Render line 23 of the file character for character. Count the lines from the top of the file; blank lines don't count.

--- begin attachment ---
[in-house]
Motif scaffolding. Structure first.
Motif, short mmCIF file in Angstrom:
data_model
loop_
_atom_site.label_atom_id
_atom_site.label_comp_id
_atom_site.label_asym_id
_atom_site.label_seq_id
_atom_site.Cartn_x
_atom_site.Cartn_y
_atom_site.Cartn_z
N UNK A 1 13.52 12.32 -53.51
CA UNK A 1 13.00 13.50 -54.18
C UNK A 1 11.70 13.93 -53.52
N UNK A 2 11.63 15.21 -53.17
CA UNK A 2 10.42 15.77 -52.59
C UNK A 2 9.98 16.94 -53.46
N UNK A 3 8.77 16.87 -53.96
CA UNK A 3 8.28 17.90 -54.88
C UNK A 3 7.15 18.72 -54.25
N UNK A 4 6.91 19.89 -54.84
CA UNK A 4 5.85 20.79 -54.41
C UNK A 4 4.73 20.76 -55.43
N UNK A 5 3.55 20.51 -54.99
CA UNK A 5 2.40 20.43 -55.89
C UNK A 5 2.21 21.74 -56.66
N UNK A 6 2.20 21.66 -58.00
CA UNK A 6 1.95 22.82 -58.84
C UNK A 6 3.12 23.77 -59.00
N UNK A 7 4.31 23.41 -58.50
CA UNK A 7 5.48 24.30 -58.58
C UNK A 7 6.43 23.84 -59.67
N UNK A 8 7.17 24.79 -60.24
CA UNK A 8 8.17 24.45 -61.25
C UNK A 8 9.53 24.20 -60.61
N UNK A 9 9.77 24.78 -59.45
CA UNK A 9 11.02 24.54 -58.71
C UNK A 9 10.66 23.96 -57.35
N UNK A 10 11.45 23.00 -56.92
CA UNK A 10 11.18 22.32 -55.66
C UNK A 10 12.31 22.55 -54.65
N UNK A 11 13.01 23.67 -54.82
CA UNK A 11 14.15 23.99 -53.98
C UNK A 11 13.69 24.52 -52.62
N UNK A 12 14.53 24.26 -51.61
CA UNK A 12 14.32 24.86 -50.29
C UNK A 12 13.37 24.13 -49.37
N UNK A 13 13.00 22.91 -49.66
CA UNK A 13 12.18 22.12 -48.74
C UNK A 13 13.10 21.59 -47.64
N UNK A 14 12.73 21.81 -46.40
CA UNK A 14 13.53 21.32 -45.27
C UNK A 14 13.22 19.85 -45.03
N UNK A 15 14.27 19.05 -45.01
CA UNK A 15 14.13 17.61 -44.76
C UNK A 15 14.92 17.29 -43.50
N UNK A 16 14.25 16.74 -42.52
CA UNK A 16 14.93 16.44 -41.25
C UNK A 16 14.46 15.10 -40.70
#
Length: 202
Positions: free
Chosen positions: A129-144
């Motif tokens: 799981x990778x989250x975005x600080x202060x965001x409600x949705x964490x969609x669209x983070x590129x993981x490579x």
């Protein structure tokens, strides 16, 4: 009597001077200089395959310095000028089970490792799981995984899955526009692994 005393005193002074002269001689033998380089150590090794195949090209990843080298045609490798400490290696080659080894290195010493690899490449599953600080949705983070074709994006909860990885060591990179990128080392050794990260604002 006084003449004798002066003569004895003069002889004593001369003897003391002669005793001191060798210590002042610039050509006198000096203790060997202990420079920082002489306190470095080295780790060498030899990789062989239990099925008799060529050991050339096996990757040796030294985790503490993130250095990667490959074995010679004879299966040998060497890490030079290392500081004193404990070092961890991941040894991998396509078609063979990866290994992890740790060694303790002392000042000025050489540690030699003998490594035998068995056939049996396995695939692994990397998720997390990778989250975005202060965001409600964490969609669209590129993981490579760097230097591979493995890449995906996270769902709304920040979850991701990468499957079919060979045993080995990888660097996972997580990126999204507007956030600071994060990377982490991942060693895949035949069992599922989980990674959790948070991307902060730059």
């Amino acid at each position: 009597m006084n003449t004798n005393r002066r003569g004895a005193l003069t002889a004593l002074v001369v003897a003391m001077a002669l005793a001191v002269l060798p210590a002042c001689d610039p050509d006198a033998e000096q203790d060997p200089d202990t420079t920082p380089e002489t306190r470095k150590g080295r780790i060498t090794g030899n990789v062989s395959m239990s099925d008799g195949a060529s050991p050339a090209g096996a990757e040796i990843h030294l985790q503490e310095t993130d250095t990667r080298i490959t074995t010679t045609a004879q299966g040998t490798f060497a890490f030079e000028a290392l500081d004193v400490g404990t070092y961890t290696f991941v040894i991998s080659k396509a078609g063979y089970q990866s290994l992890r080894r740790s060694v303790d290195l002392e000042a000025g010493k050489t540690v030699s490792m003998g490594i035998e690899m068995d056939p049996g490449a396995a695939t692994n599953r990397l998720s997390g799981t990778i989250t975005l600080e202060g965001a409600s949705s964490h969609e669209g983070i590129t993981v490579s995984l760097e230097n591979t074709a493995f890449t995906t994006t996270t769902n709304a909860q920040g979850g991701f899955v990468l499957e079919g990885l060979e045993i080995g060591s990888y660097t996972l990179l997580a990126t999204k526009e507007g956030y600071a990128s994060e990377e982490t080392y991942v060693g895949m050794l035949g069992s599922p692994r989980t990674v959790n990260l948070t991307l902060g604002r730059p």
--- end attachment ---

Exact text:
CA UNK A 4 5.85 20.79 -54.41